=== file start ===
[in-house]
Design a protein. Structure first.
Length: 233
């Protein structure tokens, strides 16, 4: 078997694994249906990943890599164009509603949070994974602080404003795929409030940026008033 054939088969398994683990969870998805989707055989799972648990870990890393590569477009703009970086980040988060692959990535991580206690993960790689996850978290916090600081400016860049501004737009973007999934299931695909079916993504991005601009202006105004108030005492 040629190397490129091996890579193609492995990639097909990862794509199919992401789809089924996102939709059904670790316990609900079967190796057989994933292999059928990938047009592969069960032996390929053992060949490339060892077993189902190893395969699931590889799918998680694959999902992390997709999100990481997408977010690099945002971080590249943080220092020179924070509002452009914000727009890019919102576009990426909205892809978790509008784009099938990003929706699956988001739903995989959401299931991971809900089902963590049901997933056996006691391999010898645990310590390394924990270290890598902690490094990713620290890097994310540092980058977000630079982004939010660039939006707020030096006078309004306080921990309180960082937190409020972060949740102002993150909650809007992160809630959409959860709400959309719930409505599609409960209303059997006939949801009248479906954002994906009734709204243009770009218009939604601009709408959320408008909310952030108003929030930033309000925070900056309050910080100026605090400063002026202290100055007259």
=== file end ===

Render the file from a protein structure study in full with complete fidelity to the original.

[in-house]
Design a protein. Structure first.
Length: 233
């Protein structure tokens, strides 16, 4: 078997694994249906990943890599164009509603949070994974602080404003795929409030940026008033 054939088969398994683990969870998805989707055989799972648990870990890393590569477009703009970086980040988060692959990535991580206690993960790689996850978290916090600081400016860049501004737009973007999934299931695909079916993504991005601009202006105004108030005492 040629190397490129091996890579193609492995990639097909990862794509199919992401789809089924996102939709059904670790316990609900079967190796057989994933292999059928990938047009592969069960032996390929053992060949490339060892077993189902190893395969699931590889799918998680694959999902992390997709999100990481997408977010690099945002971080590249943080220092020179924070509002452009914000727009890019919102576009990426909205892809978790509008784009099938990003929706699956988001739903995989959401299931991971809900089902963590049901997933056996006691391999010898645990310590390394924990270290890598902690490094990713620290890097994310540092980058977000630079982004939010660039939006707020030096006078309004306080921990309180960082937190409020972060949740102002993150909650809007992160809630959409959860709400959309719930409505599609409960209303059997006939949801009248479906954002994906009734709204243009770009218009939604601009709408959320408008909310952030108003929030930033309000925070900056309050910080100026605090400063002026202290100055007259």